At Next City, we never get tired of her. Sassen is sharp, forward-looking and brilliant. As we said in December: “The global street, Sassen writes, is ‘a space where new forms of the social and the political can be made, rather than a space for enacting ritualized routines.’ The Arab Spring, the Occupy movement, the ongoing rebellion in Syria, the crowds of jobless youth in Spain ¬– all of these embody Sassen’s notion.” The author and theorist can murmur global streetisms in our ear all night long.

Ariella Cohen is executive editor of Next City, where this article first appeared. Next City is a nonprofit organization dedicated to connecting cities and informing the people who work to improve them. Reach her at columns are not copyrighted and may be reproduced in print or electronically; please show authorship, credit and send an electronic copy of usage to


  1. Nancy Mohr
    Posted March 14, 2013 at 6:42 pm | Permalink

    One day I hope you connect with Lisa Schroeder, Executive Director, Riverlife, Pittsburgh.
    A remarkable planner (and woman).

  2. Posted March 16, 2013 at 12:46 pm | Permalink

    Your column is spot on. I am working with three colleagues on a new book entitled Design Downtown for Women — Men Will Follow. I’d love to interview each of the women you’ve celebrated.

  3. Posted March 16, 2013 at 1:34 pm | Permalink

    Thanks for taking note !
    Here are a three more women who have been working for decades to green cities:
    Hillary Brown, in NYC
    Barbra Batshalom, in Boston
    Susan Piedmont-Palladino, in Washington DC

  4. Nancy Mohr
    Posted March 17, 2013 at 9:34 pm | Permalink

    I do not have access for a website for Ms Schroeder. NM

    625 Kirtland Street, Pittsburgh, PA 15208
    Tel 410-901-6307; email

    Lisa Schroeder is President and Chief Executive Officer of Riverlife, a public-private partnership that is implementing the Master Plan to revitalize Pittsburgh’s Three Rivers Waterfront.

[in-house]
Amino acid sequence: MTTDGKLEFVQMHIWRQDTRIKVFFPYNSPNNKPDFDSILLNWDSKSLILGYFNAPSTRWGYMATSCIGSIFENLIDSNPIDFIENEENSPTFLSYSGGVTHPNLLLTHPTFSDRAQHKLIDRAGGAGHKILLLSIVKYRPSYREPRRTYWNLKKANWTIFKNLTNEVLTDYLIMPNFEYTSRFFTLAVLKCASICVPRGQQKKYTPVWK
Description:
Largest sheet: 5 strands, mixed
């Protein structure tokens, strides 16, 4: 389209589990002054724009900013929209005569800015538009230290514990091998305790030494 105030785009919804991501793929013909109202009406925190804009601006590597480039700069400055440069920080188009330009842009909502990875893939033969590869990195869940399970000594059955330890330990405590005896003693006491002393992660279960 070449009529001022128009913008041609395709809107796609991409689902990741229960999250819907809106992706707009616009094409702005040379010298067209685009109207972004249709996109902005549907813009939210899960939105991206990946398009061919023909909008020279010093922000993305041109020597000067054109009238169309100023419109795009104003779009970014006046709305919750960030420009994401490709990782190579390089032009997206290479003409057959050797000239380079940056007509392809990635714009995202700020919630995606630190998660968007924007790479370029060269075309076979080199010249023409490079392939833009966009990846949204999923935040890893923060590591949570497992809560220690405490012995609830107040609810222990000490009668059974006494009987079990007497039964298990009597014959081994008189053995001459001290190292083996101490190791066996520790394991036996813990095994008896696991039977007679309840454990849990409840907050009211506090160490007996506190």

She has guided the growth of Riverlife from a start-up in 1999 to a civic force responsible for the redevelopment of 63 acres of Pittsburgh’s downtown. More than $4 billion have been invested in real estate development on the waterfront, and the goal of a continuous Three Rivers Park extending for 13 miles throughout downtown Pittsburgh is 80 per cent complete.

    In 2011, she was recognized as an Outstanding Woman in Business by the Pittsburgh Business Times, and this year she received the Pittsburgh AIA Gold Medal Award for a community leader who “has been a driving force in…improving the experience of the built environment for all.”

    Ms. Schroeder joined Riverlife in 1998, when it was an ad hoc Task Force of decision-makers from the city government, foundations, property owners, developers and cultural institutions. She directed the creation of “A Vision Plan for Pittsburgh’s Riverfronts,” which earned the 2002 national AIA Honor Award in Urban Planning and Design and the Merit Award in Planning from the International Downtown Association.
    In 1999, she was appointed Executive Director to implement the Vision and Master Plan, and in 2008 became President and CEO of the corporation. Under her leadership, Riverlife has successfully advocated a high standard of urban development, ranging from State and Federal highway design to guidelines for public and private waterfront development.

    Ms. Schroeder grew up in Baltimore and has a 25-year record of working to improve the quality of urban life through downtown planning and development, historic preservation and environmental conservation.
    She received a B.A. Cum Laude in Art History from William Smith College as a member of Phi Beta Kappa in her junior year, and an M.S. from the Columbia University School of Architecture, Planning and Historic Preservation.
    She has served in professional positions for the New York City Landmarks Preservation Commission, the Port Authority of New York and New Jersey and the Maine Preservation Trust, and she has been an urban planning and preservation Consultant for the National Trust for Historic Preservation, the Connecticut State Planning Department, New York State Council for the Arts and the National Association of Realtors Division of Architecture.
    She is a member of the Board of Directors of the Pittsburgh Foundation, the Dollar Bank of Pittsburgh and the Regional Industrial Development Corporation; a Fellow at Carnegie Mellon University’s Heinz College Center for Economic Development and a member of the Allegheny County Executive Transition Team.
    In 2008, Ms. Schroeder was described by the Pittsburgh Quarterly as being ”in front and center in the push to humanize our waterfronts and accelerate the rebranding of Pittsburgh from smokestack to gleaming city, recognized for its handsome beauty and human scale.”